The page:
A Canadian sex toy manufacturer has agreed to hand over $4 million to settle a privacy lawsuit after it was discovered its “smart vibrator,” the We-Vibe 4 Plus, secretly collected highly sensitive personal data, right down to the date and time the device was used.
The lawsuit — filed in the U.S. in September 2016 — alleged We-Vibe manufacturer Standard Innovation designed its app to collect and record intimate and sensitive data on use of the vibrator, including the date and time of each use as well as vibration settings (like “pulse,” “peak” and “cha cha cha”). The We-Vibe requires users to download the app, called We-Connect, so users and their partners to control the Bluetooth-equipped vibrator’s settings remotely.
READ MORE: We-Vibe lawsuit – Why would a sex toy company want to collect your data?
It also alleged the usage data and the user’s personal email address were transmitted to the company’s servers here in Canada.
Standard Innovation has maintained that customer data was not compromised; however, the lawsuit inspired many to ponder why a sex toy company would want to collect such personal information in the first place. At the time, a company spokesperson told Global News it’s in order to improve their products.
“We use certain limited data in an aggregate, non-identifiable form to help us improve our products,” said Denny Alexander, marketing communications manager at Standard Innovation.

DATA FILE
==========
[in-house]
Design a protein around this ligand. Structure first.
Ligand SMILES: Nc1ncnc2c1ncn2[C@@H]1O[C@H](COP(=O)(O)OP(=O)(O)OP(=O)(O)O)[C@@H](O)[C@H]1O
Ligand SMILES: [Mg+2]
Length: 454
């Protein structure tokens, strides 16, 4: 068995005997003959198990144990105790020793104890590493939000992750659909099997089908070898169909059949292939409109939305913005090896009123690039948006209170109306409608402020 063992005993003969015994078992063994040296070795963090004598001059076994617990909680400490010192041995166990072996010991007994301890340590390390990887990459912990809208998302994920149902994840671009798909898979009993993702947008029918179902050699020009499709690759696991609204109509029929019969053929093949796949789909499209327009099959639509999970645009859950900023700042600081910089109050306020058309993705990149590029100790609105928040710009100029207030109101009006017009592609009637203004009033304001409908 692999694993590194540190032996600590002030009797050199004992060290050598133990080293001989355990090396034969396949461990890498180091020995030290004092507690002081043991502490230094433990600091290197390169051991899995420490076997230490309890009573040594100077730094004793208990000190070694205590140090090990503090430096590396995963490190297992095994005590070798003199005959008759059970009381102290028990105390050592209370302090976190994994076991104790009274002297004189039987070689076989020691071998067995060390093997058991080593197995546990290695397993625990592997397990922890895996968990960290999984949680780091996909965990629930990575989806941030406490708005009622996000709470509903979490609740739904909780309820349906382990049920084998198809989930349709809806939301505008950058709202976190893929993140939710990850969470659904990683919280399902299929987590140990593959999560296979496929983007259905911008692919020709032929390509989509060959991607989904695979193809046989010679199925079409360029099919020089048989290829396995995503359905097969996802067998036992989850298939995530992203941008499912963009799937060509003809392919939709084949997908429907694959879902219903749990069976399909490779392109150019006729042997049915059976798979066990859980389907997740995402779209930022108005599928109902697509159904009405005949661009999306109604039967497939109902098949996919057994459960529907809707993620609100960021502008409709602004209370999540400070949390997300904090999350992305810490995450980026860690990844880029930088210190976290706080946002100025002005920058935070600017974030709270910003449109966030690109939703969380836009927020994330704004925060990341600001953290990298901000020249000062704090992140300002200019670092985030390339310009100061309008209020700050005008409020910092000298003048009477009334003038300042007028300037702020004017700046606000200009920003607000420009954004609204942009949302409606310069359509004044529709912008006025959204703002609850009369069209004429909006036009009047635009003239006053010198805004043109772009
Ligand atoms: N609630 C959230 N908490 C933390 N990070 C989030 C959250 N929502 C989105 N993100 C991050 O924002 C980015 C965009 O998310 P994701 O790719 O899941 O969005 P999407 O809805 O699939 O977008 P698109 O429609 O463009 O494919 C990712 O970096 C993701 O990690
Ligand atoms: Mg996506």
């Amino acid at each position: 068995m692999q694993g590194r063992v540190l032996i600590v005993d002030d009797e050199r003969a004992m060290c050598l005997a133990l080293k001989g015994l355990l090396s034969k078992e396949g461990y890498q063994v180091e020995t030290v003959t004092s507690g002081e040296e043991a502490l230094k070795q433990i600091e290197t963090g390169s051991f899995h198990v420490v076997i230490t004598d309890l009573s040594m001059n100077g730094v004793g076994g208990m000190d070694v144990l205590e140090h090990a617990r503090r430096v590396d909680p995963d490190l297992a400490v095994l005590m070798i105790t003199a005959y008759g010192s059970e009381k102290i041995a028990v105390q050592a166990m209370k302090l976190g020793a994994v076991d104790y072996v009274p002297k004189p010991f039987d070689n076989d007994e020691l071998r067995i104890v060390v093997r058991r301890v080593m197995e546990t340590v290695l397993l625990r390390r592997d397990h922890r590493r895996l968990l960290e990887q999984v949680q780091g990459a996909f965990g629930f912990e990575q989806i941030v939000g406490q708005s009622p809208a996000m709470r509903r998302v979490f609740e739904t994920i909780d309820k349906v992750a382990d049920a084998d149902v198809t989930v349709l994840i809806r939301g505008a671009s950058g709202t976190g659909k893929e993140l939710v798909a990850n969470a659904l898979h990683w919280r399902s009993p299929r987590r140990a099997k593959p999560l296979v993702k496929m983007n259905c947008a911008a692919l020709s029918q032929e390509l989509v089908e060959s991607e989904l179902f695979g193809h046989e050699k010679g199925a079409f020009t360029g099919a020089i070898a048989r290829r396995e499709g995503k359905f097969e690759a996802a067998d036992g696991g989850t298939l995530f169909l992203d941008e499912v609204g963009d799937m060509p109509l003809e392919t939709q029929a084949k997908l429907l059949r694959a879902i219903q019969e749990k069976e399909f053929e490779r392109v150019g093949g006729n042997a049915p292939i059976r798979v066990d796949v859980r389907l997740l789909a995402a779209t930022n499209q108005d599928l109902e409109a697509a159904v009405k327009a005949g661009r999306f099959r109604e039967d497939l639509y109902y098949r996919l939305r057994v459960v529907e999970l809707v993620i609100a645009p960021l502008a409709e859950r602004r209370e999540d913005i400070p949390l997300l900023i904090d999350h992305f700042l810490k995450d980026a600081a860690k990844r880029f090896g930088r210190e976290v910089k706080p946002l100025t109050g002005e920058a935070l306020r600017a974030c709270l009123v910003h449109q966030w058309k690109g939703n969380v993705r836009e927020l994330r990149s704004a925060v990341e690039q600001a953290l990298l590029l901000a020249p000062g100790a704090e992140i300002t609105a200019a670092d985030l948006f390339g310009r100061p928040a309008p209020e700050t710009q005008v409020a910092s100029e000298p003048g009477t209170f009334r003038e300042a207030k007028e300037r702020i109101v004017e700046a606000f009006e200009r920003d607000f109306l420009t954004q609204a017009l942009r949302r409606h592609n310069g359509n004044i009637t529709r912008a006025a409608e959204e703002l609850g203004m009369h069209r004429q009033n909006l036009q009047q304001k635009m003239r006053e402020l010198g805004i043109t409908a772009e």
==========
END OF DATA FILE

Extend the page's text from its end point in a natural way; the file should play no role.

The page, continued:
WATCH: WikiLeaks exposes smart tech software used as CIA spy tools
In September, the company reiterated its commitment to privacy and security, noting it was engaging with privacy experts to review its data practices. The company also updated its We-Connect app which allowed users to control how their data was used and clearly laid out its privacy and data policies.
As part of the settlement, U.S. customers who purchased the We-Vibe Plus 4 will receive up to US$199 in compensation; however, anyone who bought the vibrator, downloaded the We-Connect app and used it to control the Bluetooth enabled sex toy before Sept. 26, 2016, may be eligible for up to $10,000 in compensation.
READ MORE: ‘Beware of all things smart,’ privacy guru warns in wake of Wikleaks disclosure
The company has also agreed to delete any previously recorded personal information, including “the time and date of each use, the vibration intensity level selected by the user, the vibration mode or pattern selected by the user, the temperature of the device, and battery life.”